They came today. The birds! Through the closed window I could hear them, singing as sirens sing. But it was still cold out—it’d been freezing for weeks—despite the arrival of the birds. It was February. Nick was pulling on his thick socks, moving through the bedroom door. He didn’t shut the door after him.
“Nick,” I called. “Nick, you didn’t shut the door.”
He said nothing but reached in and closed the door. The gas heater in the apartment isn’t working like it used to. We had to put a small electric heater in the bedroom—we keep the door shut always. The rest of the apartment feels twenty degrees colder. It feels like changing continents, just moving through the doors. In the one-inch gap between the floor and the apartment’s front door we put as insulation the alpaca-wool sweaters that Nick bought in South America. The sweaters match.
A few days ago I heard Nick call the landlord about the heat. The landlord hasn’t come yet. This landlord I met only once. He told me to call him Pinky. He didn’t knock when he came in the apartment—Pinky just came into the apartment, saw me without socks, saw my bare feet! He has his own key, he explained to me. Pinky’s voice was quiet, like the student’s voice in the back of the classroom.
So I asked Nick to call him about the problem. Nick was in the bedroom when he dialed.
“I don’t want you to listen to the call,” he said. “I don’t know why.”
“Okay,” I said.
I heard him through the door, figuring he was talking louder than usual because, on the other line, Pinky was using his normal voice. I brushed my teeth. Nick came out and opened the closet door to get to the heater. He turned some switches and flicked a fingernail on some steel frames. I remember thinking it sounded like coins falling on a counter. Coins by the million! Nick came in and touched my head with his palm, put his fingers to his lips when I turned up to him. I looked at him and touched his stomach. He pointed at the running water. I turned off the water.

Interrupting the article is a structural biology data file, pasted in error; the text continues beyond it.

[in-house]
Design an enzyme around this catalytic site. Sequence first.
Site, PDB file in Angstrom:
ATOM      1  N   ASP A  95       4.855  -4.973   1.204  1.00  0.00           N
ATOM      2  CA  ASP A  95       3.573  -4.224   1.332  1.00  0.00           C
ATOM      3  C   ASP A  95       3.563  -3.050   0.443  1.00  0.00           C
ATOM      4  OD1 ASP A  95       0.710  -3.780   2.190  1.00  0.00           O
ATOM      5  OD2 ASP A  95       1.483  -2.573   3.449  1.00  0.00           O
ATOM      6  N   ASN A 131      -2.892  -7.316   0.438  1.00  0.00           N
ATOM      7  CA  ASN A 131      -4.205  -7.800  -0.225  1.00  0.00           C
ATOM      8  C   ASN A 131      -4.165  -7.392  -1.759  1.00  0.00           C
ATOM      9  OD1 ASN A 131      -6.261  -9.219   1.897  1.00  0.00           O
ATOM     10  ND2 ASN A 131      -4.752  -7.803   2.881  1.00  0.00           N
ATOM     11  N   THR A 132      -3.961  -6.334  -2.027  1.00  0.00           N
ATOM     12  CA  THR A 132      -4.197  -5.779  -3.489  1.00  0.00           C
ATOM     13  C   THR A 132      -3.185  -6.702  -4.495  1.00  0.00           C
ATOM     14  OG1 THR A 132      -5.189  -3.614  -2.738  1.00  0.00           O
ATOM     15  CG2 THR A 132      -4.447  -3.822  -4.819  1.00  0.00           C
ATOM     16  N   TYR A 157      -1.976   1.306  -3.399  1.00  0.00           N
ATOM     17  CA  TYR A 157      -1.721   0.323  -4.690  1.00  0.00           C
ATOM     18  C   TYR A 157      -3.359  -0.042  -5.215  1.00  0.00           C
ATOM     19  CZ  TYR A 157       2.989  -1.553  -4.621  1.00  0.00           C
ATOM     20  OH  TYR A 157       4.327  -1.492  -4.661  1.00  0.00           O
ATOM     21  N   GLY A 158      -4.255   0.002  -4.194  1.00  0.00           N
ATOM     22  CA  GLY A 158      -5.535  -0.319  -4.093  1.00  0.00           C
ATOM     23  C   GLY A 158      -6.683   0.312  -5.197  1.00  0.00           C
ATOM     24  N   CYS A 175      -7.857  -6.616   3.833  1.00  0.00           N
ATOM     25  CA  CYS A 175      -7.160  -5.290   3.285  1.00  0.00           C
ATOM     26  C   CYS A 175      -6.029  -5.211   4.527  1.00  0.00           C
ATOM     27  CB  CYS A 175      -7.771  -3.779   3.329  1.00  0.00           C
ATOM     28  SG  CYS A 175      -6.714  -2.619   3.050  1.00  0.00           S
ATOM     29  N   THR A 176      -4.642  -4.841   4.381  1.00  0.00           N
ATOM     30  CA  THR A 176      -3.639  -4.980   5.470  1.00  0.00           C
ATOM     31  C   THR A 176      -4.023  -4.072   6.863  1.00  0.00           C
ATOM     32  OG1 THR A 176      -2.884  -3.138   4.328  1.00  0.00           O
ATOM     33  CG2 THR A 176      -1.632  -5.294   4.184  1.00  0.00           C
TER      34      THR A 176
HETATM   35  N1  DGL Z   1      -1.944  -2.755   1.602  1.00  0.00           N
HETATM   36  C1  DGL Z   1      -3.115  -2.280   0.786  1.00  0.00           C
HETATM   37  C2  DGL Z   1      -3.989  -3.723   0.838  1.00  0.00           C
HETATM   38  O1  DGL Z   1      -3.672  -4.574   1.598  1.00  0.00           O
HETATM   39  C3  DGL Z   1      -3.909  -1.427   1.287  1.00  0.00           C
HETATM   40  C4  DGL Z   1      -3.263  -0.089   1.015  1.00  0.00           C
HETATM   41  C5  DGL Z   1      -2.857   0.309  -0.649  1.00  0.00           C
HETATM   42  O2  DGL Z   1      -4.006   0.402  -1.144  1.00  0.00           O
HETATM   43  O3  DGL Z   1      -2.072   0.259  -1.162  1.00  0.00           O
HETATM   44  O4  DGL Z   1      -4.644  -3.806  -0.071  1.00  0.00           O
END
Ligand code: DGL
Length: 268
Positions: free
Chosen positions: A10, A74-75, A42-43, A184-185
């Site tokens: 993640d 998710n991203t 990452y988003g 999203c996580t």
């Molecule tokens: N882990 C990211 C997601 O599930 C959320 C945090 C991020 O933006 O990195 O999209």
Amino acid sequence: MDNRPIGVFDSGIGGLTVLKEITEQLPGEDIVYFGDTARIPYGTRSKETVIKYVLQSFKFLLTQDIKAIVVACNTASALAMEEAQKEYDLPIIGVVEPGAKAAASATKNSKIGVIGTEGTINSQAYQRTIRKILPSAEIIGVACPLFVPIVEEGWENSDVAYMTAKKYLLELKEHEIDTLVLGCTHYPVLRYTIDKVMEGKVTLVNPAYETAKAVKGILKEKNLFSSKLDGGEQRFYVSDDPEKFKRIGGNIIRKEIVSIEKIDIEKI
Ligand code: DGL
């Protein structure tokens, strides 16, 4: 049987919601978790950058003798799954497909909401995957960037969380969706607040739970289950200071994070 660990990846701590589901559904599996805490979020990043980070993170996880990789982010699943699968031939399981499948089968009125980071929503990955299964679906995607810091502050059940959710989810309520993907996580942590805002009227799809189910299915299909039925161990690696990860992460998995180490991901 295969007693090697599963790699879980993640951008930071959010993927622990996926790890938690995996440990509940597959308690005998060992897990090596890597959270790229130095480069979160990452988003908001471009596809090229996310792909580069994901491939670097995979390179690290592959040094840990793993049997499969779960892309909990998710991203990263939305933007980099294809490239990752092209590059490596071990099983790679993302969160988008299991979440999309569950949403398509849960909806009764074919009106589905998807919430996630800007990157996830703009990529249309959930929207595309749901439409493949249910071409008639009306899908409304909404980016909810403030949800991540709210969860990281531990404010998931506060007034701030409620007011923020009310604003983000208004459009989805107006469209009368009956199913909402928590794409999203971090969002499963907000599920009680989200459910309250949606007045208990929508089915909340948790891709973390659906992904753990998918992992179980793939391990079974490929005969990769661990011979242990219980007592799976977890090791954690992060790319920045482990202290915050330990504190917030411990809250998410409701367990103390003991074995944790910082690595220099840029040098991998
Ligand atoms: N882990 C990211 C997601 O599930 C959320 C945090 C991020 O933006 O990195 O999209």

Into the phone Nick said, “What?”
I left the bathroom and went into the bedroom. It was so warm! I pulled off my clothes, looking forward to waking up naked and sweating. I looked forward to Nick pulling up the covers—sweating himself so terribly—to turn off the electric heater. He’d be careful not to wake me. But I’m pretending to be asleep, he knows. Then he’d lie down and look in my direction, and I’d hide my eyes like every other night, slowly revealing them to him. I’d watch him do the same.
“It’s hot,” he’d say. “Fuck, I’m so hot.”
And I’d laugh like the night before and go back to sleep touching his foot with my own.
That night when he talked to Pinky Nick said into the telephone, “I don’t see anything like that. I see a green light. The light’s blinking. I’d need tools to get in there.”
I heard him through the door. I heard Nick waiting.
“No,” he said, “I don’t see anything like that. Really, Pinky, I don’t. I see just the green light.”
After another minute he came in.
“That man speaks like a child,” he said. “He speaks as though it’s wrong to hear him speak.”
“I know,” I said. “Oh, Nick, how I know.”
And then today the wind stopped after two straight weeks of horror. And the birds—the birds sang as birds should sing.